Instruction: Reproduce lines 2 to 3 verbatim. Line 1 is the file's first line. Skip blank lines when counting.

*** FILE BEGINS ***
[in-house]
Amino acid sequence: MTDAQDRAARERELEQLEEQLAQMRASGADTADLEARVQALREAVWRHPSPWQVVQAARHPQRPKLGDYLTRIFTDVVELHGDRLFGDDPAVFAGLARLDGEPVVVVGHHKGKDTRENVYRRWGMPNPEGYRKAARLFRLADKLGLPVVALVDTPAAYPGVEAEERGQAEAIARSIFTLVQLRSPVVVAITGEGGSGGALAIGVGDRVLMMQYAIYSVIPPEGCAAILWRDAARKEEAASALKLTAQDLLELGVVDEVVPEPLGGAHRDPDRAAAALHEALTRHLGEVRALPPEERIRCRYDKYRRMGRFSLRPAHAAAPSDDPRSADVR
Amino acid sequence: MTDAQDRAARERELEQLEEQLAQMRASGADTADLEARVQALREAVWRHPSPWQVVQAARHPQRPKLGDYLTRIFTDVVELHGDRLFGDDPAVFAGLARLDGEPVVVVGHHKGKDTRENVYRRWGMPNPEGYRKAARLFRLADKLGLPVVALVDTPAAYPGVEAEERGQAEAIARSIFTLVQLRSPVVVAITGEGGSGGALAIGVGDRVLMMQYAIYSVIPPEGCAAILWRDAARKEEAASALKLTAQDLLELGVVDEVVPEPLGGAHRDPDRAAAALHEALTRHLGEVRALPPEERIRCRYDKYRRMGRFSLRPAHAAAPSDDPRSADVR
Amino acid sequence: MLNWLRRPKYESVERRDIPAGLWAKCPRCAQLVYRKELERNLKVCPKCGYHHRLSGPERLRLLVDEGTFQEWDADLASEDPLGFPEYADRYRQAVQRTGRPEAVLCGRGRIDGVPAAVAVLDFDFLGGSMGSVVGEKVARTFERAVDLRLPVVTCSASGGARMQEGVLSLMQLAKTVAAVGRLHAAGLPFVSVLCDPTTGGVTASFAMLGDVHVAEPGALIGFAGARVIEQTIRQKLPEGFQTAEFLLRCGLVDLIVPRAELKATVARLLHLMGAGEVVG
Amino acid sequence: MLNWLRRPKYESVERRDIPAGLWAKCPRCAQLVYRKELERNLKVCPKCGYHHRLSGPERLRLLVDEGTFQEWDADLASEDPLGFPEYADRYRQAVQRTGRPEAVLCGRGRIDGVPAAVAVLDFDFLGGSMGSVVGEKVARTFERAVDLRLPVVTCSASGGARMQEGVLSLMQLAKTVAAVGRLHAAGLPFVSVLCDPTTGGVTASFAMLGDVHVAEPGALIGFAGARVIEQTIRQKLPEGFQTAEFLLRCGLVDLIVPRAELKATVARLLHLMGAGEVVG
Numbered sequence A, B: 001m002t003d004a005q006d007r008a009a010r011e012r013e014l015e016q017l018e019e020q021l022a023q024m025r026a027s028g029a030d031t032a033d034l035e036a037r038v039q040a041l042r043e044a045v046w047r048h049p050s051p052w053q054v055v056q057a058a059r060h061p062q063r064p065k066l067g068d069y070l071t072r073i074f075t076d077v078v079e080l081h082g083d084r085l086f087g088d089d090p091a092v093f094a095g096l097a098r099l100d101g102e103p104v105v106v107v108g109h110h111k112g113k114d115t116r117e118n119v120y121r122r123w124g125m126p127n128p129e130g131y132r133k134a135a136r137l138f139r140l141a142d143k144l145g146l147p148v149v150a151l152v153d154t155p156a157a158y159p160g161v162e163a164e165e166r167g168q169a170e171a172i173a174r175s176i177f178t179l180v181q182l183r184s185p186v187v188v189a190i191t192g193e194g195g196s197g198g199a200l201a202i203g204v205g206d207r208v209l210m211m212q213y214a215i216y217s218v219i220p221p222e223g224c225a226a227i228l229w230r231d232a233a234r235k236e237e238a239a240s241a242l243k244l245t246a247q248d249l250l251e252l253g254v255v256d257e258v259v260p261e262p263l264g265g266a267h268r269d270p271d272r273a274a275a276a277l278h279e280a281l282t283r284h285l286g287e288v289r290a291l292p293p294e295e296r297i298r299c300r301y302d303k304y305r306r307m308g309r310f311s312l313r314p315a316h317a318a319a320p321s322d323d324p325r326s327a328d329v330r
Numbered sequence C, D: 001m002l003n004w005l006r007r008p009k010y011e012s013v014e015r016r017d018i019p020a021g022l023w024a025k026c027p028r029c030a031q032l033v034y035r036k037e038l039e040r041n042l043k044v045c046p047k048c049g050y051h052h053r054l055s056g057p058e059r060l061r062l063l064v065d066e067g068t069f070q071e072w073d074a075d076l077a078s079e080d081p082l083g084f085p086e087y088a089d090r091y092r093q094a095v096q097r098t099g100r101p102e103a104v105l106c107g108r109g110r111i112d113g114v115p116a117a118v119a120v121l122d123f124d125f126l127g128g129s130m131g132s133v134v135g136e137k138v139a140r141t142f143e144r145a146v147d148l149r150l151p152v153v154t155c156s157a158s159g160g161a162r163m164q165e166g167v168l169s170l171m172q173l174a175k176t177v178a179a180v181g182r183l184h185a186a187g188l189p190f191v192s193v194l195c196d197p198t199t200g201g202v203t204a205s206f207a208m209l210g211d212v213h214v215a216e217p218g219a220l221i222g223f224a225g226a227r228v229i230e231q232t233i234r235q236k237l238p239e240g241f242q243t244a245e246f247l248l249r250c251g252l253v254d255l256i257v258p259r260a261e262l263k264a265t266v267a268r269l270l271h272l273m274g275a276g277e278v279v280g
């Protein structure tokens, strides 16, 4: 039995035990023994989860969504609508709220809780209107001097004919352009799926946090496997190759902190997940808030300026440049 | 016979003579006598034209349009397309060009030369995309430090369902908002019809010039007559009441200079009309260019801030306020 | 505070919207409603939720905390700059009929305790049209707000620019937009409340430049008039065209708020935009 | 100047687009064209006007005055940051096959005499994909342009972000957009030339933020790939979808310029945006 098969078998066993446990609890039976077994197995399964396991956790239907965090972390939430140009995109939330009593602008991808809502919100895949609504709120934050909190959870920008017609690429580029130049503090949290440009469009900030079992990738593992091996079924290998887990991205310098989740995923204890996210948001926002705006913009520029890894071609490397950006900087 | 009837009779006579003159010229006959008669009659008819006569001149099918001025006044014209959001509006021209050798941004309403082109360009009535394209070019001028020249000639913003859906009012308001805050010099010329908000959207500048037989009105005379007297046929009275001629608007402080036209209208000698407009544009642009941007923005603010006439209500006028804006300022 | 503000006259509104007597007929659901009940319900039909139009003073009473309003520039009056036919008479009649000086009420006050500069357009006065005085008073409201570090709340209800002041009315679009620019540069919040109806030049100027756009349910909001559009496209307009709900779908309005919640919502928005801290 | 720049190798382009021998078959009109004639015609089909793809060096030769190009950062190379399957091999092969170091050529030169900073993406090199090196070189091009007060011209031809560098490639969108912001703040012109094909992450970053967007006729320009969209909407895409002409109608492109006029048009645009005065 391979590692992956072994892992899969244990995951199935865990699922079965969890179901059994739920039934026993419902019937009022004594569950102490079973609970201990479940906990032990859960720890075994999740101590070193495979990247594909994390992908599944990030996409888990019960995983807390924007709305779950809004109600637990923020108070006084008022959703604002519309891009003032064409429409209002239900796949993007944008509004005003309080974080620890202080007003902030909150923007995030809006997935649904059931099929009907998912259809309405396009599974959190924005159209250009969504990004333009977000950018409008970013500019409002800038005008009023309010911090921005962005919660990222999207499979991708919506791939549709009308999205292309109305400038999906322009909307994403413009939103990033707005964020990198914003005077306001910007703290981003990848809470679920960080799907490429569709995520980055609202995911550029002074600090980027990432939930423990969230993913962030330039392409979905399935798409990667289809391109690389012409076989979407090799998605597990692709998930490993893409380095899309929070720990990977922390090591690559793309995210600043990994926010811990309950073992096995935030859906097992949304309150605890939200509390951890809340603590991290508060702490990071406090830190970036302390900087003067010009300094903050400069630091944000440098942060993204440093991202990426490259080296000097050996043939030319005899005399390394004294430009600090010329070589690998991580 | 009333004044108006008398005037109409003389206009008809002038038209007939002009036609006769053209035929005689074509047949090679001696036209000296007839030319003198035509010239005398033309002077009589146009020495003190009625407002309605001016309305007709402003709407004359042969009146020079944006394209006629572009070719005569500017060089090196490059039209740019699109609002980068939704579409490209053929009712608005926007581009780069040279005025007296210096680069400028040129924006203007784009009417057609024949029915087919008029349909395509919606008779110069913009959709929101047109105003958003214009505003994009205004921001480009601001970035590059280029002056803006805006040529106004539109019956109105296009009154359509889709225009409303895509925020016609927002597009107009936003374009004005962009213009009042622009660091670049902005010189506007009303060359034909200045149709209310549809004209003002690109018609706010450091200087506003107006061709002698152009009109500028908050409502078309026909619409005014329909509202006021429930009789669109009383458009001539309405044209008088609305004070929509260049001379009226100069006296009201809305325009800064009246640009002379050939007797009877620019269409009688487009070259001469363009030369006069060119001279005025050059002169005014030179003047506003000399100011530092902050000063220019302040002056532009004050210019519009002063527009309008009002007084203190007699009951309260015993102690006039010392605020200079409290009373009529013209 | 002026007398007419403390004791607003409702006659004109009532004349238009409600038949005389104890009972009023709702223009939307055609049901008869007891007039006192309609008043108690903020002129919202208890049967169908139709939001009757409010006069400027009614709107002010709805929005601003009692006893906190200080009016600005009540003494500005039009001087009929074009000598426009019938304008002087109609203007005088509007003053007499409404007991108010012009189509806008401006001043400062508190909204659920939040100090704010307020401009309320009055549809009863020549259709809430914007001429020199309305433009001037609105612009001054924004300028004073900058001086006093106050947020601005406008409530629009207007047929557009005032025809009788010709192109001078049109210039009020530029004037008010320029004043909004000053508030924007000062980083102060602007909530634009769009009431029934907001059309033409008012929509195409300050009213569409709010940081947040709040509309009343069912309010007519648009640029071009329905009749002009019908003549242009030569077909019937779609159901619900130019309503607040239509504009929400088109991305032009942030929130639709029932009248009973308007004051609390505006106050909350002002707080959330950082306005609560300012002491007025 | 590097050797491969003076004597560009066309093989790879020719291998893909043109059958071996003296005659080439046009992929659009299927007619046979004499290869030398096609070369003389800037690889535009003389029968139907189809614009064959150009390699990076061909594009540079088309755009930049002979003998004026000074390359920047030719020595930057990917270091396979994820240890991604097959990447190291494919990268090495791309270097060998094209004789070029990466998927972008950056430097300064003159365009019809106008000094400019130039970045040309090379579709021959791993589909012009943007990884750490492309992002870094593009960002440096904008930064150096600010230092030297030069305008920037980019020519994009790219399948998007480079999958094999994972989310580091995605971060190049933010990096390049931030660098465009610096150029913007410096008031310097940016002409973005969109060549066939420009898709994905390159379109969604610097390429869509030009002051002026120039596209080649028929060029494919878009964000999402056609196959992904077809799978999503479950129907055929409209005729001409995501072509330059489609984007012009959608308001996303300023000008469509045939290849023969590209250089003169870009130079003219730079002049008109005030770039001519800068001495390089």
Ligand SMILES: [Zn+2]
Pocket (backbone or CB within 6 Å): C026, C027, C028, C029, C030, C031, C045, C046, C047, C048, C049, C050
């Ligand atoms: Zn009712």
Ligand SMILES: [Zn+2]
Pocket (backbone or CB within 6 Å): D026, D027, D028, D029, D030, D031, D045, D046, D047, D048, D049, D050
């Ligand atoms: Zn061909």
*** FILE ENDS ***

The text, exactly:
Amino acid sequence: MTDAQDRAARERELEQLEEQLAQMRASGADTADLEARVQALREAVWRHPSPWQVVQAARHPQRPKLGDYLTRIFTDVVELHGDRLFGDDPAVFAGLARLDGEPVVVVGHHKGKDTRENVYRRWGMPNPEGYRKAARLFRLADKLGLPVVALVDTPAAYPGVEAEERGQAEAIARSIFTLVQLRSPVVVAITGEGGSGGALAIGVGDRVLMMQYAIYSVIPPEGCAAILWRDAARKEEAASALKLTAQDLLELGVVDEVVPEPLGGAHRDPDRAAAALHEALTRHLGEVRALPPEERIRCRYDKYRRMGRFSLRPAHAAAPSDDPRSADVR
Amino acid sequence: MTDAQDRAARERELEQLEEQLAQMRASGADTADLEARVQALREAVWRHPSPWQVVQAARHPQRPKLGDYLTRIFTDVVELHGDRLFGDDPAVFAGLARLDGEPVVVVGHHKGKDTRENVYRRWGMPNPEGYRKAARLFRLADKLGLPVVALVDTPAAYPGVEAEERGQAEAIARSIFTLVQLRSPVVVAITGEGGSGGALAIGVGDRVLMMQYAIYSVIPPEGCAAILWRDAARKEEAASALKLTAQDLLELGVVDEVVPEPLGGAHRDPDRAAAALHEALTRHLGEVRALPPEERIRCRYDKYRRMGRFSLRPAHAAAPSDDPRSADVR